By the way, here is a link to the datasheet for the imx219.

https://www.reddit.c...t_for_the_sony/

#70 ccs_hello

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Posted 01 September 2017 - 09:00 PM

IMX219 is a rather special Exmor-R sensor designed for smartphones.

Its tiny pixel pitch (1.12um) dictates its charge to voltage conversion gain has to be high (i.e., always HCG.)

 

In addition to its usual digital 2x2 or 4x4 like-color summing (some call it binning...), it has something unusual:

2x2 "Analog (Special) Binning" mode, which AFAIK is vertically charge-domain binning and horizontally voltage-domain binning.

 

BTW, its "sensitivity" is 205 ADU (under the 10-bit A/D mode.)



#71 ccs_hello

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Posted 01 September 2017 - 10:14 PM

Additional info:

 

Common use case on that special 2x2 analog binning mode is 1280x720 output format.

 

================

 

Also, max analog gain is 10.66x (or 20.56 dB approx) while

max. digital gain (numerical multiplication, which is just a pure math) is 15.85x (or 24 dB approx.)

 

Net gain (AFE + post A/D multiplication) is 168.96x gain (or 44.56 dB approx.)



#72 Relativist

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Posted 01 September 2017 - 10:48 PM

Is HCG mode confirmed in the datasheet? It didn't pop out at me as obvious when I saw the circuit page, but my mind is preoccupied at the moment.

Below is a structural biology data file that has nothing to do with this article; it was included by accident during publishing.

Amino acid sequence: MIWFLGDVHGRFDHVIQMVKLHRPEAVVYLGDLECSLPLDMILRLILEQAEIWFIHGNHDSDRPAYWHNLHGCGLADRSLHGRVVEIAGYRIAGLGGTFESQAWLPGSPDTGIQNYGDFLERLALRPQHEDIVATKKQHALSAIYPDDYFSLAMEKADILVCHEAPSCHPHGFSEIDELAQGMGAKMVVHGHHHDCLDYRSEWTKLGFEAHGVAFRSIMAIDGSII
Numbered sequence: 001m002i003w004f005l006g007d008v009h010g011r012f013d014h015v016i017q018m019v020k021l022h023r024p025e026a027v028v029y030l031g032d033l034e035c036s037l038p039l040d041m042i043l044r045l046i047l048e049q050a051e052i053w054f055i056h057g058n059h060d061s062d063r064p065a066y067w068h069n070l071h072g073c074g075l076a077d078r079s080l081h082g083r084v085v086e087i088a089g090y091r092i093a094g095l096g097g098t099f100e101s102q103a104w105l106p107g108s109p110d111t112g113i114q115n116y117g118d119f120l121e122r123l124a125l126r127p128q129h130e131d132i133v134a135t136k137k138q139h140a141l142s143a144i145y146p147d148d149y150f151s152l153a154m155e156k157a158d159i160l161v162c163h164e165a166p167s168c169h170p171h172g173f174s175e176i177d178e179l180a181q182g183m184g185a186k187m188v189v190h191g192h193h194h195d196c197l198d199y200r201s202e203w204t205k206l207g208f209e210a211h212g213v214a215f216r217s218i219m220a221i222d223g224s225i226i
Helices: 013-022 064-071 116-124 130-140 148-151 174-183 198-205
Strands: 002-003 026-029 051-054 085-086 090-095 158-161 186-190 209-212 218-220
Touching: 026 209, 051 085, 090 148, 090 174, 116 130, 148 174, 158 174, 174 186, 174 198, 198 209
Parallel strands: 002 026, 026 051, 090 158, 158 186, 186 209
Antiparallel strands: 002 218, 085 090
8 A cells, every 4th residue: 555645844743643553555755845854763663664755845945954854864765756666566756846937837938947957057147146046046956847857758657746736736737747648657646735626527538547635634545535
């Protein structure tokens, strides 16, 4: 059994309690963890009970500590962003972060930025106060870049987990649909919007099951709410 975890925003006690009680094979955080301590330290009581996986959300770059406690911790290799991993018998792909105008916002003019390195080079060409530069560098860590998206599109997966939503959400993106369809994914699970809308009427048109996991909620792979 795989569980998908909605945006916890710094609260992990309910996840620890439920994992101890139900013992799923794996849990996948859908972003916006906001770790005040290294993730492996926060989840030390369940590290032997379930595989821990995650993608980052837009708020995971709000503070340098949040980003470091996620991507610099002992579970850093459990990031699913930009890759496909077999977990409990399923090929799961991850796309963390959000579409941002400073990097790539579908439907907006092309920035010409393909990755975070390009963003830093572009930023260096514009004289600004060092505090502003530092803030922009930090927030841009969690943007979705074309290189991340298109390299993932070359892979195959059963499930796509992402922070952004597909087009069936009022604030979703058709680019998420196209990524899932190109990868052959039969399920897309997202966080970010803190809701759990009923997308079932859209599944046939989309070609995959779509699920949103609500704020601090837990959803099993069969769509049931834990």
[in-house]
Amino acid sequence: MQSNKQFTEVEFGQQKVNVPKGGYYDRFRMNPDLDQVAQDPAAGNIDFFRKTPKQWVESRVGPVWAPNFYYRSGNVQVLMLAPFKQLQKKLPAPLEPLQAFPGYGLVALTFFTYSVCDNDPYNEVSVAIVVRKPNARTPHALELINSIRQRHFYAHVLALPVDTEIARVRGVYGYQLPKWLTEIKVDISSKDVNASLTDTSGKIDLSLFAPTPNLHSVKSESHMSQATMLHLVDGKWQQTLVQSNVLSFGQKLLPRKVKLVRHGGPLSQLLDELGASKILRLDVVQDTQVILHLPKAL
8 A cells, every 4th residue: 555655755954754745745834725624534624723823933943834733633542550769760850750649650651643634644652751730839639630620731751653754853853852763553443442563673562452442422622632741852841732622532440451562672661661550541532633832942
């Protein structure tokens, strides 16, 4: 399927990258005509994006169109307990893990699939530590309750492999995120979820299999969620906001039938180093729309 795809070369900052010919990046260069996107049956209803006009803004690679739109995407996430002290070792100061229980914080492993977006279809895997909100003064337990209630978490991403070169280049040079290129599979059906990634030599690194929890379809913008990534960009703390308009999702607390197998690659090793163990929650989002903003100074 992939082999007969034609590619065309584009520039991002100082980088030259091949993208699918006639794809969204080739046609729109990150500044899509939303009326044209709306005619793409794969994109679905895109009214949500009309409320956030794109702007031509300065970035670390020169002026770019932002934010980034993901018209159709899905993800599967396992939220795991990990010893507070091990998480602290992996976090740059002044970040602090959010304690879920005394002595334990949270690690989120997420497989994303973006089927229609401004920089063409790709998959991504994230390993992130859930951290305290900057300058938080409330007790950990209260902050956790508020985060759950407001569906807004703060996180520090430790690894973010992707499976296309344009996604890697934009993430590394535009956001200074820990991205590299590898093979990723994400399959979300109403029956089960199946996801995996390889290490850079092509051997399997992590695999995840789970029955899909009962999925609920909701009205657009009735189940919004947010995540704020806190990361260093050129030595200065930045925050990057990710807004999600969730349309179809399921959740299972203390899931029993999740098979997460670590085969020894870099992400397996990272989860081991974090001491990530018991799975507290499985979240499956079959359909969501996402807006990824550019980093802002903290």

#73 ccs_hello

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Posted 01 September 2017 - 11:09 PM

What I meant is that its conversion gain is set to be very high, and is a fixed value.

It is as high as HCG in an IMX224.  It is typical for those small-pitched image sensor (per pixel photon flux too low under the photon-starvation shooting condition.)

 

Another clue is it's just a 10-bit A/D imager.  A larger-pitch IMX224 image senor will have 12-bit A/D capability and 72 dB max gain (roughly 60 dB gain if it's a 10 bit sensor.)



#74 Relativist

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Posted 02 September 2017 - 02:34 AM

The IMX 219 can also do 2x2 at HD resolution as well, which is fine for most users (4K displays not withstanding - get an A7s at that point).

So, with binning the focal ratio could be kept at f/4 for 1.16 arcsec per pixel for a 100mm scope.

#75 ChrisFC

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Posted 02 September 2017 - 03:04 AM

Amp glow reduction circuitry in action. I got  the 224MC ages ago.

 

I know these are under different conditions etc, but here's the Trifid

 

First is with the 224MC version1 board. Taken May 2016.

Second is after I got it upgraded with the v3 board with amp glow reduction mod. Taken July 2017. Amp-glow across bottom and right a bit.

 

Neither had darks subtracted. Both taken in sharpcap, stacked and stretched

.

Attached Thumbnails

  • TrifidNebula 2016-05-04 224MCv1 board.jpg
  • TrifidNebula 2017-07-28 224MCv3 upgrade.jpg

Edited by ChrisFC, 02 September 2017 - 03:18 AM.